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After Weeks Of Resistance And Citing Privacy Laws, Tennessee Will Release School Outbreak Data

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After weeks of pushback from parents, Tennessee will now make some data on school outbreaks public.

The Tennessee Department of Education says it will soon launch a new dashboard with district-submitted data.

The website is expected to go live on Tuesday, and it will have a map and search function of school districts and specific schools. The Education Department says it will be updated every Tuesday.

Gov. Bill Lee told reporters he recognizes there is a desire by parents to know more about what’s happening in their schools.

“We believe that we have developed a reporting mechanism that will help inform parents to help them make choices but it doesn’t compromise our obligation to parents and to students and to teachers,” Lee said. “That obligation to not compromise privacy around their individual health.”

Under the new guidelines, which will be made public during Gov. Bill Lee’s weekly press briefing this afternoon, schools with five or more cases of COVID-19 will be expected to provide information on school changes to its learning model, as well as the number of new staff and student cases compared to the prior week.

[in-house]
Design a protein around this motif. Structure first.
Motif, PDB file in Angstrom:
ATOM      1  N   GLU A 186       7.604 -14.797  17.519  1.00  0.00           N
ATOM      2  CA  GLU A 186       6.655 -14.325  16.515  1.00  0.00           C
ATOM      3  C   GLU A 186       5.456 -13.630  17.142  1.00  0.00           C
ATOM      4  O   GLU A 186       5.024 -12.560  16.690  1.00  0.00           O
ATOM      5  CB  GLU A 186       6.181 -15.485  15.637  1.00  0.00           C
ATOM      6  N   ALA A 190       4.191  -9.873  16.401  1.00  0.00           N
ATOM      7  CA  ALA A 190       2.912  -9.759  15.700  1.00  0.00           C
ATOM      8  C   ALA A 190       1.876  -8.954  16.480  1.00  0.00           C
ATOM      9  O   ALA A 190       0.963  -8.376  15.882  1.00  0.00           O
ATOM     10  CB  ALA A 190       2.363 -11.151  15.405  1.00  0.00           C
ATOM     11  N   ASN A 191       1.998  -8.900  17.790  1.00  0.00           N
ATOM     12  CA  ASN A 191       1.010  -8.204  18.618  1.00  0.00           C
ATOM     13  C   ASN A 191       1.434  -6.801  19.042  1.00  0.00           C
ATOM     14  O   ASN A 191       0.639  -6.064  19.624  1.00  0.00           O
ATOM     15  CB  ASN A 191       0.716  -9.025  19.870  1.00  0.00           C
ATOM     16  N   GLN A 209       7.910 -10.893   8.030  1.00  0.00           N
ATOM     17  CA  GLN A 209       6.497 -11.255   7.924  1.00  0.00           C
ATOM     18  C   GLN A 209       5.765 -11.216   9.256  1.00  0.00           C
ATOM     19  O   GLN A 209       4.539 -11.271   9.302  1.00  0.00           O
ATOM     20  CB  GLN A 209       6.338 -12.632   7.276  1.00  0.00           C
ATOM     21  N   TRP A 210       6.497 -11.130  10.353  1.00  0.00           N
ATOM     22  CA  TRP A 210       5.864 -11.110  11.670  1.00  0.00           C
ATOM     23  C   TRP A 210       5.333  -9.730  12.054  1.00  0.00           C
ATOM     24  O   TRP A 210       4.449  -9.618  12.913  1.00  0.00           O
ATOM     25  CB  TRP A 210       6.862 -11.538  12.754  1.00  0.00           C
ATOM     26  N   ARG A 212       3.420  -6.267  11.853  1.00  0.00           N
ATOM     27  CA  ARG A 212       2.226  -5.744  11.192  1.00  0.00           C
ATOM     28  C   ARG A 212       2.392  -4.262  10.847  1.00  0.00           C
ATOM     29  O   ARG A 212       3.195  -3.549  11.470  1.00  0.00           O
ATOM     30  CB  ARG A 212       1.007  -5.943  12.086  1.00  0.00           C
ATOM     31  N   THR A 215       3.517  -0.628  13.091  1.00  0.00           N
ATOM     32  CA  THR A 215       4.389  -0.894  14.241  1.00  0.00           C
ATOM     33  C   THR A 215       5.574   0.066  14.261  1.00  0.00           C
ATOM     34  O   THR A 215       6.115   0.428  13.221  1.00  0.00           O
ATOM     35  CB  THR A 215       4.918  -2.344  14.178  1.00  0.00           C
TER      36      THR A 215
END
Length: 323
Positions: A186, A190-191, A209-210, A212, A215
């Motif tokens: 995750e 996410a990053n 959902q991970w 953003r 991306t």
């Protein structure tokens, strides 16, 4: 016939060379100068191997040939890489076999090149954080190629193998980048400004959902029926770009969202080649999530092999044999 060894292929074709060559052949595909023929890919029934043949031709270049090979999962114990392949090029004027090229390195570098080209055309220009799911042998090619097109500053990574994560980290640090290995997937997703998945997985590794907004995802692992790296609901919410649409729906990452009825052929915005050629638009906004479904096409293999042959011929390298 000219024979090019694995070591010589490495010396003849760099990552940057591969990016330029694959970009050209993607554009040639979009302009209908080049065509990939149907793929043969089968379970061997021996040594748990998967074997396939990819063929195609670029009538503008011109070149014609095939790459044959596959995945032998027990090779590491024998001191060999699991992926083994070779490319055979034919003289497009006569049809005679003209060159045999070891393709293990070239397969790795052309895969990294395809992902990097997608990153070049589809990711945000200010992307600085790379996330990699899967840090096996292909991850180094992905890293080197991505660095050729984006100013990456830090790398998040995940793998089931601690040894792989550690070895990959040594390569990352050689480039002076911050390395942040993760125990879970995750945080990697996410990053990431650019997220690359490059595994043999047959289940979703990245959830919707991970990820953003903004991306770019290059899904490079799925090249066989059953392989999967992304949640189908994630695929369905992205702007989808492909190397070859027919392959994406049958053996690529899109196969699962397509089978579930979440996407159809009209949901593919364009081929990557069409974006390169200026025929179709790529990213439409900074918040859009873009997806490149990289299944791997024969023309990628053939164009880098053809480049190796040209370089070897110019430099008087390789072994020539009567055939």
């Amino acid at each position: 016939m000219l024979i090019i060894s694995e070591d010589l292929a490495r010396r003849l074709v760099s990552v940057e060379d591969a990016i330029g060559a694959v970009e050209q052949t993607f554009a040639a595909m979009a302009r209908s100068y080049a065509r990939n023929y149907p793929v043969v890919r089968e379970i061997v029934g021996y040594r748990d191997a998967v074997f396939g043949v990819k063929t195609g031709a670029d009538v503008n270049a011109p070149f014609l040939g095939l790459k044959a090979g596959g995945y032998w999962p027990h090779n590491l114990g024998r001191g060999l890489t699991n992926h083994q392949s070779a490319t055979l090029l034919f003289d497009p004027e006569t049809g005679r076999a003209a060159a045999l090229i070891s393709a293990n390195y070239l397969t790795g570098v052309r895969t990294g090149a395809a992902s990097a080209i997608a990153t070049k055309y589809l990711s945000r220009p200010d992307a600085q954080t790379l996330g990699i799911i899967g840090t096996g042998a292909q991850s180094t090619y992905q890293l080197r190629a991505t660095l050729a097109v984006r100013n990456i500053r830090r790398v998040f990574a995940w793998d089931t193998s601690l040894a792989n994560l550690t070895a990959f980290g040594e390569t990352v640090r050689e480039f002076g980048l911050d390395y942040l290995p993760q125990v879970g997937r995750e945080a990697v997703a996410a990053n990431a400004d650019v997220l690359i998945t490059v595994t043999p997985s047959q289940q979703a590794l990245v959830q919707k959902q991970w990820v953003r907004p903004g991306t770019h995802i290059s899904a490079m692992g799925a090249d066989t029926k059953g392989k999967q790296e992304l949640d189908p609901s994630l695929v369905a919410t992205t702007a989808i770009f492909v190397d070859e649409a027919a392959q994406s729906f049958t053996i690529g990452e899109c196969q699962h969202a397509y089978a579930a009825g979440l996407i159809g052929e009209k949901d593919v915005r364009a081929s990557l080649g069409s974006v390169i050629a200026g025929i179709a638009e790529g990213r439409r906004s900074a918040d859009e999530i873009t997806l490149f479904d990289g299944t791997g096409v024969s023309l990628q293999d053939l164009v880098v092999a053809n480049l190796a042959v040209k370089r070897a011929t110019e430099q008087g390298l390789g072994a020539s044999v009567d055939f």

However, schools with fewer than 50 students will not make the data public. This is to protect the privacy of those in smaller communities.

Tennessee says it will be the state education department to provide this information. In other states, such as North Carolina, school outbreak data has come via the departments of health.

Making this information public could be crucial for parents to make an informed decision on whether to send their kids to school, but the state hasn’t made a clear commitment to releasing the information until now.

Over the last few weeks, state officials have flip-flopped on whether they should share information on COVID-19 individual schools. While promising transparency, Lee, education commissioner Penny Schwinn and health commissioner Lisa Piercey have said privacy laws prevent them from disclosing more data.

But, the state now says it has worked with the federal government to ensure the information they provide will not violate any privacy laws or jeopardize federal funds.

Some school districts, like Putnam County, are already sharing this data. But others, like Knox County, are sharing only districtwide data, not making public school-specific COVID-19 numbers.

The Tennessee Department of Education says its data-sharing initiative is optional, but it expects most districts to participate.

Sergio Martínez-Beltrán is Nashville Public Radio’s political reporter. Prior to moving to Nashville, Sergio covered education for the Standard-Examiner newspaper in Ogden, Utah. He is a Puerto Rico native and his work has also appeared on NPR station WKAR, San Antonio Express-News, Inter News Service, GFR Media and WMIZ 1270 AM.
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